Pretending to be confident will work to your disadvantage because you’ll have to spend more energy trying to sustain this behavior.

Your energy is better spent elsewhere, and the time you spend working on your strengths will give you more room for growth.

Energy = Power x Time

Proper pacing should make delivering a speech look a lot less frightening.

Even if they feel up for to the task, introverts have the right skills to be in front of a crowd.

But they have a limited amount of energy to spend and need to manage it carefully.

Impress your audience through a message with a strong impact to alleviate the pressure to over-deliver.

Some presentation tips suggest faking confidence, but it’s much better to spend time building up your strengths.

With this, you’ll be true to yourself and the message you’re trying to get across through your deck.

Remember: introversion should never be an excuse for a subpar performance.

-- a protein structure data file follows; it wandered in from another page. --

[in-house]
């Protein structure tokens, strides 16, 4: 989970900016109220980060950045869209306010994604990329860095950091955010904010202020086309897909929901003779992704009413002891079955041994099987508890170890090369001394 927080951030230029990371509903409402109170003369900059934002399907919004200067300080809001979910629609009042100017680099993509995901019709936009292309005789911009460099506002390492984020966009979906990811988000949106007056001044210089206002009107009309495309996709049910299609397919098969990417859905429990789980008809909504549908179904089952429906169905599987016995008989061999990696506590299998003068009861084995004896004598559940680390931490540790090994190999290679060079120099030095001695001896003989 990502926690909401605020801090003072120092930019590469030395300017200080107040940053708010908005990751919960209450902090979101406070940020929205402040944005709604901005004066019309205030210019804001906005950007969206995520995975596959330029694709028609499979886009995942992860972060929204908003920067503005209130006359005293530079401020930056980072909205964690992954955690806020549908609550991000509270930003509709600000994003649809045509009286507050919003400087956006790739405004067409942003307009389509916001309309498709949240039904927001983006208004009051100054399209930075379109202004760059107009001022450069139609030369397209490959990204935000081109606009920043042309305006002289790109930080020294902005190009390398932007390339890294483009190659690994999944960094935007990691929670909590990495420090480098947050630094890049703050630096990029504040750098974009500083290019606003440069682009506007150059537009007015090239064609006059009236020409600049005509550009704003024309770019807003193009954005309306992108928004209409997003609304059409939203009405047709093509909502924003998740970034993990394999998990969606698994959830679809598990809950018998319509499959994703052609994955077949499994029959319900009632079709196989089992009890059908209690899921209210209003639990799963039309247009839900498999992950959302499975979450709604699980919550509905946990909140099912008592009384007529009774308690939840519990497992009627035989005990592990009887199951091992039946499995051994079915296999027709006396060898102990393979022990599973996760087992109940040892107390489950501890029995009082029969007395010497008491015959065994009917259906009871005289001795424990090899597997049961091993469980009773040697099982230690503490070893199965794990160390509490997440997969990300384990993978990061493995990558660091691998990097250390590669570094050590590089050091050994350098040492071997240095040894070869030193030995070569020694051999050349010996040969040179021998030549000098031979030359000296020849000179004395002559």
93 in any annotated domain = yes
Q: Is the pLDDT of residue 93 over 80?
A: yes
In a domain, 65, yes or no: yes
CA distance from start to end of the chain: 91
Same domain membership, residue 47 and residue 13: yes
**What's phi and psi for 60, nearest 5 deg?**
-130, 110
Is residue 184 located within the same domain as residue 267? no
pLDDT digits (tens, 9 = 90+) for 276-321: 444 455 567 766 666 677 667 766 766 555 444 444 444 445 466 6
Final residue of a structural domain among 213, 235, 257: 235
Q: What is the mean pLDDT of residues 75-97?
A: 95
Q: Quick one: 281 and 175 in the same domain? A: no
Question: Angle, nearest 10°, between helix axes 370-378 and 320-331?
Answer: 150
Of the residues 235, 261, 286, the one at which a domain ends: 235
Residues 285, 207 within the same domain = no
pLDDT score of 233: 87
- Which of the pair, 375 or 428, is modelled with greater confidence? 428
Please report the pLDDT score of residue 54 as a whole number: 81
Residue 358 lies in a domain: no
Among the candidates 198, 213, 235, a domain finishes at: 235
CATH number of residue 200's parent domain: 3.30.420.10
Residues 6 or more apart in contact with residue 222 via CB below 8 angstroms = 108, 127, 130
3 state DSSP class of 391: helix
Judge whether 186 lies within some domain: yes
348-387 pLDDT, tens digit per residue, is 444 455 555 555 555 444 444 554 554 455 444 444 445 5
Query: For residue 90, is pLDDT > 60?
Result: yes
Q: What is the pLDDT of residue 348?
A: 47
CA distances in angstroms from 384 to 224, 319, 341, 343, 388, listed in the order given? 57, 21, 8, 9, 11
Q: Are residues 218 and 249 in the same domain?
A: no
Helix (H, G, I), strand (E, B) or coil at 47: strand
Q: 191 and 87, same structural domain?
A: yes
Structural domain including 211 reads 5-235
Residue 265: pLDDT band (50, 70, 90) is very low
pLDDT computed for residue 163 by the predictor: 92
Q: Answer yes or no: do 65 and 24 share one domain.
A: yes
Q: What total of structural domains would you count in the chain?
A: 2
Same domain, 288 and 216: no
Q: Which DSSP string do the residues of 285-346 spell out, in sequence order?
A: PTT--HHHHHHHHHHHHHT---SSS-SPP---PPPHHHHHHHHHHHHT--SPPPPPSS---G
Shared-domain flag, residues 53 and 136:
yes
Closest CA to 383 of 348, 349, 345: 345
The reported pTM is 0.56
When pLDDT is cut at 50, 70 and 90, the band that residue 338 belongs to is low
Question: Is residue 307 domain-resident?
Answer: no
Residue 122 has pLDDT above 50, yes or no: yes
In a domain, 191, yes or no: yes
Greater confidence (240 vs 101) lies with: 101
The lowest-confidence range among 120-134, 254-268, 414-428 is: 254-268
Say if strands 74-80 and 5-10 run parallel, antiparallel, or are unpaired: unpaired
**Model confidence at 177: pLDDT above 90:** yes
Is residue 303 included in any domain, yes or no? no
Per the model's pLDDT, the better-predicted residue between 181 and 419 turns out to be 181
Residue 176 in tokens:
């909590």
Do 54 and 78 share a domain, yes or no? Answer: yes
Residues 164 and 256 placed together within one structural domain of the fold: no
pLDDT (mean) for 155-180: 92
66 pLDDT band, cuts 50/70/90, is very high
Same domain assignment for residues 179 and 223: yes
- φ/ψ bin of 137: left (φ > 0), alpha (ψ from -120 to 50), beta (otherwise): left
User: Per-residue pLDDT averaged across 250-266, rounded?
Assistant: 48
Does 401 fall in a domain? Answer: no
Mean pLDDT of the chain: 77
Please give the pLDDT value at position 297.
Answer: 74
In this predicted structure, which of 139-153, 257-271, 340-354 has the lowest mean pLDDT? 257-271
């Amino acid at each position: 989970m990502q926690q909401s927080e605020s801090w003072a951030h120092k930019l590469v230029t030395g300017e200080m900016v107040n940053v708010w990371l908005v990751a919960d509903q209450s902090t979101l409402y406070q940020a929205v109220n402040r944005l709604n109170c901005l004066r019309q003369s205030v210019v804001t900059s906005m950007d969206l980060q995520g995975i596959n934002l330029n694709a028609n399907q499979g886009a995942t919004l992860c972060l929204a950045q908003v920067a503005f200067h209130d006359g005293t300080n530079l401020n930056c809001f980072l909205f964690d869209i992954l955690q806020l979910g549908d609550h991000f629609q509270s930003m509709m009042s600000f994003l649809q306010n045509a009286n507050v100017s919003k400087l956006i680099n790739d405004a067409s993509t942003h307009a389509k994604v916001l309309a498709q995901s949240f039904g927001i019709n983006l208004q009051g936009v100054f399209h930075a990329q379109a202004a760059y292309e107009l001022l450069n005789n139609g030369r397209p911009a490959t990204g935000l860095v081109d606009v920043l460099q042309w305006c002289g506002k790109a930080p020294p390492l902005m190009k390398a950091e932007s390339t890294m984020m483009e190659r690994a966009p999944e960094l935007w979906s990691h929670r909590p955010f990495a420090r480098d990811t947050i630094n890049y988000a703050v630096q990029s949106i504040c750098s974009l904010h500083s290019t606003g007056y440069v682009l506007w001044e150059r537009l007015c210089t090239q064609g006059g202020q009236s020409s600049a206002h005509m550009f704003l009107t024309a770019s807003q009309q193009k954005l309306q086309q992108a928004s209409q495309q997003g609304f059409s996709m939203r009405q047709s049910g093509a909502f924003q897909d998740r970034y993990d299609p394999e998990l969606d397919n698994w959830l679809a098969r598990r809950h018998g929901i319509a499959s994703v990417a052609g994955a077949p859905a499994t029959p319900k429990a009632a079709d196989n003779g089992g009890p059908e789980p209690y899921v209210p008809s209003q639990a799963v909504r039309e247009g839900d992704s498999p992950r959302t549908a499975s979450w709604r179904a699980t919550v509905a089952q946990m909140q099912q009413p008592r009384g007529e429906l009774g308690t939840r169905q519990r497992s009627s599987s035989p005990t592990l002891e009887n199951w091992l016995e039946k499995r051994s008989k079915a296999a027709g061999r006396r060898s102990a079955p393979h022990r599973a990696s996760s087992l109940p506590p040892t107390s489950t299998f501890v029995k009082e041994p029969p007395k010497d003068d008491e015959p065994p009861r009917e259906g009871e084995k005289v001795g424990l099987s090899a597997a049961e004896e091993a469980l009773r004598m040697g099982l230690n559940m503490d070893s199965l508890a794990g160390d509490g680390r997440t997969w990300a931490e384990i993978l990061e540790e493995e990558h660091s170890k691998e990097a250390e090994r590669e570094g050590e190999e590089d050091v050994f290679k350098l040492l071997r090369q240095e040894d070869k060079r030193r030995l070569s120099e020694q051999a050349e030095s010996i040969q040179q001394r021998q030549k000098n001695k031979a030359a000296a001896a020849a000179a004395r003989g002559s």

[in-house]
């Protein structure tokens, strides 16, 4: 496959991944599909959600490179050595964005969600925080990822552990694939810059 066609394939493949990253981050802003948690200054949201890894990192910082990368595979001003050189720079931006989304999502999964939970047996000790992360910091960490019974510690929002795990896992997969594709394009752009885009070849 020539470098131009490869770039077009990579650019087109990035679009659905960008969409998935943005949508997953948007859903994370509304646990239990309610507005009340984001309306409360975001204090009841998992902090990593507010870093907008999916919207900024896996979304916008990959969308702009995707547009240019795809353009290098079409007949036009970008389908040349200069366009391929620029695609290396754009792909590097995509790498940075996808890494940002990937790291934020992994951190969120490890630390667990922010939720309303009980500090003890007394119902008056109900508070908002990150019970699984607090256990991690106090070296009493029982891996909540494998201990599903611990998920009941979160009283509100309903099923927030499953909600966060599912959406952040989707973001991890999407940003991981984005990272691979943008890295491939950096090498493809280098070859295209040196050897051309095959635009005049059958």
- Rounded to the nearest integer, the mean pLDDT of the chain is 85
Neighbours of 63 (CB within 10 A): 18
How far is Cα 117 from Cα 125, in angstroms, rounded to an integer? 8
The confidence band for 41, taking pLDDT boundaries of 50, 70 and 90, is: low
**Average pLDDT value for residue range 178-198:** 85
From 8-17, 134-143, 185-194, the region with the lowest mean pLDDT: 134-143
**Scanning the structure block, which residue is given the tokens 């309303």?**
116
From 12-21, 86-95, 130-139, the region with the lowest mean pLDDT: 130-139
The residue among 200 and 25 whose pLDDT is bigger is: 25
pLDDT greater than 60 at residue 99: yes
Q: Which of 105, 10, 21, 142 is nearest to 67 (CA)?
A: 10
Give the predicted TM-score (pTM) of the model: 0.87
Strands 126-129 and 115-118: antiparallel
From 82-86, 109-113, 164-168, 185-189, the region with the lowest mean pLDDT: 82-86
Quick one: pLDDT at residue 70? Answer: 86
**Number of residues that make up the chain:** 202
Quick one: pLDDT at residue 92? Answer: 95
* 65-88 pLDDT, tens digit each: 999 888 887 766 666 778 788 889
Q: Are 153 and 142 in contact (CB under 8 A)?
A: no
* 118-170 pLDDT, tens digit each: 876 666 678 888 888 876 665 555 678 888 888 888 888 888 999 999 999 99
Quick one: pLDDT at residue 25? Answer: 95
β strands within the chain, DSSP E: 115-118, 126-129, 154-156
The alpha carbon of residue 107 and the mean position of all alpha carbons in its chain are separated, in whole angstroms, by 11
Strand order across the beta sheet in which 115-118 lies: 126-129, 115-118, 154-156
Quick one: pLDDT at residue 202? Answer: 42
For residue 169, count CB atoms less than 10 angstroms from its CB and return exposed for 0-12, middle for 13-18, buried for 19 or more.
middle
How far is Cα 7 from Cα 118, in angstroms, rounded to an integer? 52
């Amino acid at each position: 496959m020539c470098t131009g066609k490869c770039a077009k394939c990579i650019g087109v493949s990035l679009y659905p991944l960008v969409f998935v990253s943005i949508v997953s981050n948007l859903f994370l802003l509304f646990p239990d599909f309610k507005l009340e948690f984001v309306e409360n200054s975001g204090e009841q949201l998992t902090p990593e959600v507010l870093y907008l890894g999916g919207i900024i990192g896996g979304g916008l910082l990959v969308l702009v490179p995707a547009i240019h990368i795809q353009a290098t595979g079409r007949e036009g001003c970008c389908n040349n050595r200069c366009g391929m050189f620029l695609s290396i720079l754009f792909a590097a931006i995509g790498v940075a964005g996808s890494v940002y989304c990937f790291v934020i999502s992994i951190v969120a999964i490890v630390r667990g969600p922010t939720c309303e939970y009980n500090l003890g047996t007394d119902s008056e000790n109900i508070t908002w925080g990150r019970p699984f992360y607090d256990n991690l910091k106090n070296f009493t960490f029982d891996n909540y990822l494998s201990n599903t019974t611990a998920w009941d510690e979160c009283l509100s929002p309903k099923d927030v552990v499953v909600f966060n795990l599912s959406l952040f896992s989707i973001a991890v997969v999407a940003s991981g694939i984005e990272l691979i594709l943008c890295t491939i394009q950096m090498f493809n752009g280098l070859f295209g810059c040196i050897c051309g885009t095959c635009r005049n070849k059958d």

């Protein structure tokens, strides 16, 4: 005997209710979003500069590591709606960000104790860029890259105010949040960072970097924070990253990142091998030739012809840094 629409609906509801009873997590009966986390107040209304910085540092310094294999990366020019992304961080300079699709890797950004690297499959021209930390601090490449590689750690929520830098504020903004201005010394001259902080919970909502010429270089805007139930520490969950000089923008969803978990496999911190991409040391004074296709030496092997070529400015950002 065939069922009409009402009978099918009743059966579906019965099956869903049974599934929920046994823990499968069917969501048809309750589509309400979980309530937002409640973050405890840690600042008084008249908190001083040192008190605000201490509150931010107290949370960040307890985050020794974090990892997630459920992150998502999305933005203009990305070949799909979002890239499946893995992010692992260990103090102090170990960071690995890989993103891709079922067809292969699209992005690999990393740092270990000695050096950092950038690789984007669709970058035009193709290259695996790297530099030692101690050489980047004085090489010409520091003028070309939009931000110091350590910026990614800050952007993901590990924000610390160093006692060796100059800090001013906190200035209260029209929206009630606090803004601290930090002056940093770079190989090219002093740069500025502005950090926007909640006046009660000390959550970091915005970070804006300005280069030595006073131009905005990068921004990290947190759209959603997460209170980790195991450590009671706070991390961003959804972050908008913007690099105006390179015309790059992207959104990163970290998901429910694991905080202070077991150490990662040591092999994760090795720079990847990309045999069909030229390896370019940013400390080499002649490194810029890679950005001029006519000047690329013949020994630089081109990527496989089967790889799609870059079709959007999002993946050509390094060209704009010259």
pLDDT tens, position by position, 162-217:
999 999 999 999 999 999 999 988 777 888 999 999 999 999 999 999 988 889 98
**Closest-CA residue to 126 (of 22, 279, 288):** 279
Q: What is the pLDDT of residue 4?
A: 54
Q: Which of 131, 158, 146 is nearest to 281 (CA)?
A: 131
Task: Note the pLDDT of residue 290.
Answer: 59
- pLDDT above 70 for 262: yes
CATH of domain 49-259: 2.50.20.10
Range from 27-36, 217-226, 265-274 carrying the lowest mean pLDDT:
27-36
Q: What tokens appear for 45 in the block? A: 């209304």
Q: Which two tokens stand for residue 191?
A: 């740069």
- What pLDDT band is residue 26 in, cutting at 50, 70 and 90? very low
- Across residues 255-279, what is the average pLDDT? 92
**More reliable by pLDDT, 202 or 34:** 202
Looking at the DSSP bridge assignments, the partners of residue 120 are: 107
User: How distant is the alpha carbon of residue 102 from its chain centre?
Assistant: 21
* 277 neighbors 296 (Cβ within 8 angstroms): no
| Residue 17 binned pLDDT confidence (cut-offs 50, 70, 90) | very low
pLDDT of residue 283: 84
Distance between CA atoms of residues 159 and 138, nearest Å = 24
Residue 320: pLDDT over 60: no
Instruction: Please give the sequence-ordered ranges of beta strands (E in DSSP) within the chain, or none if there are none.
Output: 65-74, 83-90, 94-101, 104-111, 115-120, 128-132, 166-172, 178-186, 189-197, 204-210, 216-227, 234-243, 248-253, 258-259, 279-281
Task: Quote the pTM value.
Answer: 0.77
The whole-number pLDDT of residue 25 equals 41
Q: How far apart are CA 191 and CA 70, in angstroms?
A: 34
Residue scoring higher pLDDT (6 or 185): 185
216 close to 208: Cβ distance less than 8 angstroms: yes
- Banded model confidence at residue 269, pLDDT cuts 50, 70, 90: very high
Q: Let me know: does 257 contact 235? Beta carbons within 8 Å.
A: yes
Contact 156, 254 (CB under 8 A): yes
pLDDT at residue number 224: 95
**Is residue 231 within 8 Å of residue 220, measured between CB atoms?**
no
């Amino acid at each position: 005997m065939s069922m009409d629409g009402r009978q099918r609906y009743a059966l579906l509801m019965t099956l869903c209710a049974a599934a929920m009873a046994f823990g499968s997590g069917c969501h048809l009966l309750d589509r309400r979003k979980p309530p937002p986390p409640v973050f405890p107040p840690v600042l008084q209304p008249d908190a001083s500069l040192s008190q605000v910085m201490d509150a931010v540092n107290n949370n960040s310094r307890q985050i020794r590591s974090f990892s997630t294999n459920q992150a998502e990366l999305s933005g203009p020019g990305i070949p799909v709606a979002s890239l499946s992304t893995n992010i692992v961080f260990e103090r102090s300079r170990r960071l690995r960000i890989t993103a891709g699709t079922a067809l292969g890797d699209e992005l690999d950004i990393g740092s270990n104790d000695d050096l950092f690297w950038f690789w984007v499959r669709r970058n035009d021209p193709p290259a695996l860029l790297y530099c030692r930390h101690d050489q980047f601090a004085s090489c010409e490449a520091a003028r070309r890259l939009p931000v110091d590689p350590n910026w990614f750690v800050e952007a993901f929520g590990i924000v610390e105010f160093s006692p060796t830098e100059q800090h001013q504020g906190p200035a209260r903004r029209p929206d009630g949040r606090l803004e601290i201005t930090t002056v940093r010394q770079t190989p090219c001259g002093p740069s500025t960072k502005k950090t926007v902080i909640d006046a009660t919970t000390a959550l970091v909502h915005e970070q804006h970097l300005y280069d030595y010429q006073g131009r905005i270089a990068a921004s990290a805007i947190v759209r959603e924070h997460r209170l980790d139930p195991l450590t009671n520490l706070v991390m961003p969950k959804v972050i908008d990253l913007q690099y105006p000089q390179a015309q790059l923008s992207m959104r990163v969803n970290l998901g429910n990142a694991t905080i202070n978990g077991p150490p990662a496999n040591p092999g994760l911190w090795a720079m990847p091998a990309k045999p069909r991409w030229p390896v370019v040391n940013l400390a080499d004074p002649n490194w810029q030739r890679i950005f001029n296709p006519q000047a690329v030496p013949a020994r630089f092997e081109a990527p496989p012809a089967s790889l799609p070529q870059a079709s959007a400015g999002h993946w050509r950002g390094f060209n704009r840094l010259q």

References

Cain, Susan. “Public Speaking for Introverts: 6 Essential Tips.” Duarte. February 1, 2013. Accessed October 23, 2015. www.duarte.com/blog/public-speaking-for-introverts-6-essential-tips
Cherry, Kendra. “What Is Introversion?” About.com. Accessed October 23, 2015. http://psychology.about.com/od/trait-theories-personality/f/introversion.htm

Featured Image: “Shy statue.” by fredrik Andreasson on flickr.com

A Short Presentation Guide for Introverts

Presentations can pose more than the usual challenge for introverts. After all the preparation, an introvert presenter also has to worry about facing a large group of people.